Six ways to control costs and keep meat on your menu.

Even at the best of times, every chef wants to get the best possible value for money from their food budget. Currently, with inflation on the increase and consumer spending power and confidence likely to be under pressure for some time, we know it’s more important than ever for restaurants to both control costs and keep menu prices competitive.

For most operators, meat represents a significant proportion of food spend, so it’s also an area where managing costs can make a big difference. Meat helps give a menu broad appeal. Although more consumers are cutting back on meat, for those that still include it in their diet, the appeal of a Sunday roast at the pub, a gourmet burger or slow roast BBQ pulled pork can be a big influence on where, and how often, they eat out.

Managing costs may mean using less-familiar cuts, and making the most of opportunities to use the whole animal, or it may mean ensuring that every penny invested in serving premium cuts adds value for customers and minimises waste.

Specifying exactly what product you want is key to this. At Campbell Brothers, we’re staffed by skilled and experienced butchers, but sadly mind-reading isn’t part of our core skill set! Ways to help us to help you include:

  •  Be clear: Specify the size, weight and cut you want to serve, if you know it. If you’re not sure, be ready to explain the dish and how you want to present it, so our team can help advise.
  • Be open to change: With steaks, for example, sirloin, rump and ribeye are the most popular cuts, but there may be other cuts available. Asking us “what’s good value this week?” can help unlock more choice and help you achieve a better GP.
  • Understand the yield: Meat shrinks as it cooks, and as a rule, the longer you cook it, the more it shrinks. So, a 250g steak may lose around 20% of its weight, and a slow-cooked joint around 40%. Make it clear on your menu that you’re referring to uncooked weights. When you place your meat order consider ordering by individual portions rather than by overall weight – for example, ask for 20 standard trim sirloin steaks, each 250g in weight.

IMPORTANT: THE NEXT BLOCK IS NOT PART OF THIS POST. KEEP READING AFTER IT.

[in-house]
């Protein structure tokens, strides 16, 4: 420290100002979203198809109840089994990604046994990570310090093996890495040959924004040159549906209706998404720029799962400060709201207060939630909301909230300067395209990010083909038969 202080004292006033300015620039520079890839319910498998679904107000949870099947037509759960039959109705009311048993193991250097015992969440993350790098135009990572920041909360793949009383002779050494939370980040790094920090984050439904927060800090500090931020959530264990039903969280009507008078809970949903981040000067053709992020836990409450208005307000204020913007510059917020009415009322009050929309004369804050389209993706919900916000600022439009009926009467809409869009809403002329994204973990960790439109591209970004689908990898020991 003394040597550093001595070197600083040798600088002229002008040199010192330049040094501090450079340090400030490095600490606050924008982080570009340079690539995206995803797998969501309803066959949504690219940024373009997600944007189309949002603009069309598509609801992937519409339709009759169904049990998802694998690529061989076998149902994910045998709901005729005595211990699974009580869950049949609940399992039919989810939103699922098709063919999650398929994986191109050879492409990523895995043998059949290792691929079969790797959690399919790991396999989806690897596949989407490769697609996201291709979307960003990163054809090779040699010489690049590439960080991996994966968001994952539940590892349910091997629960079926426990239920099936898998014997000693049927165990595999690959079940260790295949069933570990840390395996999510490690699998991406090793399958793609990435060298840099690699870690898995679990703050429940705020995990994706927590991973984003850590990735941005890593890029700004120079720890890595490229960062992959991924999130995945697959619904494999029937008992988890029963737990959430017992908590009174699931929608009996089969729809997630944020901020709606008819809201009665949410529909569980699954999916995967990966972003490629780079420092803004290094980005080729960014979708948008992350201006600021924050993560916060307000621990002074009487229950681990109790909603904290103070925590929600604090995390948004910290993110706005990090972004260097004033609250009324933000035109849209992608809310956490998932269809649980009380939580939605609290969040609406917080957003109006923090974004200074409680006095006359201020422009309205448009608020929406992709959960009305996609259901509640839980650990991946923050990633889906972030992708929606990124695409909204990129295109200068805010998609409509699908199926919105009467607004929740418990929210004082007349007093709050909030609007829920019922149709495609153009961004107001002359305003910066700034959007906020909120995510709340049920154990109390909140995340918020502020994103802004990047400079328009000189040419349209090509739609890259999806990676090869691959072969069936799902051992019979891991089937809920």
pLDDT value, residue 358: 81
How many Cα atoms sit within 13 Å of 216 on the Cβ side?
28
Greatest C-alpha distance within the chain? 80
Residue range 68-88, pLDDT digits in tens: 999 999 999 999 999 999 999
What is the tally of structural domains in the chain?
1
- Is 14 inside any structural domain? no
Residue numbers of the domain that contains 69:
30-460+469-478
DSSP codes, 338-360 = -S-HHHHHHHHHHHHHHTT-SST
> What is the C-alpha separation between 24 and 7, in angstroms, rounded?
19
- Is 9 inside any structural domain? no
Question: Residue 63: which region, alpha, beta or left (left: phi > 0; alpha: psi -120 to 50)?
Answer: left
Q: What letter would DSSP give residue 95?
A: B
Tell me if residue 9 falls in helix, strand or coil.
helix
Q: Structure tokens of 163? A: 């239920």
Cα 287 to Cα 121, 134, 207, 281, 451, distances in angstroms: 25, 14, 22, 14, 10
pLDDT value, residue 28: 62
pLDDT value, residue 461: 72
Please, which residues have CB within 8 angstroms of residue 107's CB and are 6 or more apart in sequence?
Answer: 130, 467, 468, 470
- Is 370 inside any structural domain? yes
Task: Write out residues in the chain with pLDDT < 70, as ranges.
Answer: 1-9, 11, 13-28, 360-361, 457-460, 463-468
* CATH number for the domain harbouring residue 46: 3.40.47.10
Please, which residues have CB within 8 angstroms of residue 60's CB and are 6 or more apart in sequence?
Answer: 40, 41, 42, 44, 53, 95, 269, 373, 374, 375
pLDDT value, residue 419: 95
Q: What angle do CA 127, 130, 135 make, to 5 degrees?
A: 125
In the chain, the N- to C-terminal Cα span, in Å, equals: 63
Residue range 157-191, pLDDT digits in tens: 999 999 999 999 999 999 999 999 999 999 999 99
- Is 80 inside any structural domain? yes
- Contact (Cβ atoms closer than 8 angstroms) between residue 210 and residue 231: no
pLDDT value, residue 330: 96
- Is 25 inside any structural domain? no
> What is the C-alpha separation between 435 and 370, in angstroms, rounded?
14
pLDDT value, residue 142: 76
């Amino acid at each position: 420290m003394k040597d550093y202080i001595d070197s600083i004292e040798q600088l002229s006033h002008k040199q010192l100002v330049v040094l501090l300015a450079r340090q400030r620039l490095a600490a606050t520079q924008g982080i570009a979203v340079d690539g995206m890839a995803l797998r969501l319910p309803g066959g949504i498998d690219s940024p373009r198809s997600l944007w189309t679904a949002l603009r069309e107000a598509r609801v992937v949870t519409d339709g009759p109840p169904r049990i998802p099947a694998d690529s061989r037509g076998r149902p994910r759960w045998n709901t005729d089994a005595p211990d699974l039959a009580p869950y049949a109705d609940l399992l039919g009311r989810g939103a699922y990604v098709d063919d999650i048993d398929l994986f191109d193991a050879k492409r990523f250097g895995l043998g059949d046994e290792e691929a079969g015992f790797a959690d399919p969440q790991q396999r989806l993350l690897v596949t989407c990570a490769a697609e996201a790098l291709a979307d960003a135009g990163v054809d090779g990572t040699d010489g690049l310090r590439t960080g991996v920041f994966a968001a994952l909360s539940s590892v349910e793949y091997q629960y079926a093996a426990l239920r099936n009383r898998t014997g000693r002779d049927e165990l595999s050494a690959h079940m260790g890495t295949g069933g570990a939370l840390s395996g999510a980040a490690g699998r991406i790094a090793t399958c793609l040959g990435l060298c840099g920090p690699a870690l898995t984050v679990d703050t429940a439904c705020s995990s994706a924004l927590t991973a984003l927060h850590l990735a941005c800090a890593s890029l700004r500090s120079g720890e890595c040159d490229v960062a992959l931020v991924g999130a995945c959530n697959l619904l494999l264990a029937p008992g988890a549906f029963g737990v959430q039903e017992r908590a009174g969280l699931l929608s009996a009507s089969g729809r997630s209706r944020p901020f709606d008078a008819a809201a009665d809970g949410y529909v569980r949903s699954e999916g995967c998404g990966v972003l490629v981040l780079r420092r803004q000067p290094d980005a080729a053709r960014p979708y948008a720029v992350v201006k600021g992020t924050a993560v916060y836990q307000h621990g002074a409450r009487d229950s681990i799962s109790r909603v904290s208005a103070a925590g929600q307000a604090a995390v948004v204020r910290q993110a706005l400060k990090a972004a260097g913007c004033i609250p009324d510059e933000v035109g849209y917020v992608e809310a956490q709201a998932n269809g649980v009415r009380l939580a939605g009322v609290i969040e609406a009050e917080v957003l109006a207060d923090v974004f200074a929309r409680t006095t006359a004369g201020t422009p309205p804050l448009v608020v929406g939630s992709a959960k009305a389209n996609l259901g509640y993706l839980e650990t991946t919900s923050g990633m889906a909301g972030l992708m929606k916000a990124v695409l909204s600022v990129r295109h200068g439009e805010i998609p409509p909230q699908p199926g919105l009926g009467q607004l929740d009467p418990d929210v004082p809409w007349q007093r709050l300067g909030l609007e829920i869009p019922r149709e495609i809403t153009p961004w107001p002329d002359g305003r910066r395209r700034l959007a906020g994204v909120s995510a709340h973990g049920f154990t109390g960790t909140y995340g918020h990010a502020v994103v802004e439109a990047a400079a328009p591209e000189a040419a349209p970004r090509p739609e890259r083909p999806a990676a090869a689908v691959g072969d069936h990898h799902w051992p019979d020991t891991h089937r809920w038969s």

• Hang about: Hanging meat, particularly beef, makes it more tender, but it also means more wastage when the beef is trimmed. The longer the beef is aged, the more expensive it will be. Remember also that you can’t beat the clock. If you want 28-day aged beef you need to allow this time and give us, 28 days notice so the ageing process can begin.
  • High season: Some meat is particularly in demand at certain times, and high demand affects prices. Lamb at Easter and turkey at Christmas are obvious examples. Varying the menu to offer something different can appeal to customers looking for choice as well as delivering value. This is where it is also worth contacting us to discuss which products are more readily available and affordable so that you can plan menus accordingly.
  • Nose to tail: Using the whole animal helps us manage costs as well as support sustainability efforts. Pies, pastries, burgers, casseroles and curries can all make use of the trim and offcuts from prime cuts of meat, and are popular choices with customers.

Working with a specialist catering butcher can make a big difference to the yield, and therefore the profit, an operator can expect. As traditional Scottish butchers, we offer a full range of quality, freshly prepared meat, cut to your specification by our team of skilled and experienced butchers.

We also offer beef – diced and minced, catering packs of sausages, burgers and other products to suit all menus and catering requirements. Our sausages and burgers are made in-house and we are happy to bespoke a range for our individual customers.

For more ideas to help chefs make the most of serving fresh, seasonal produce please please get in touch with us!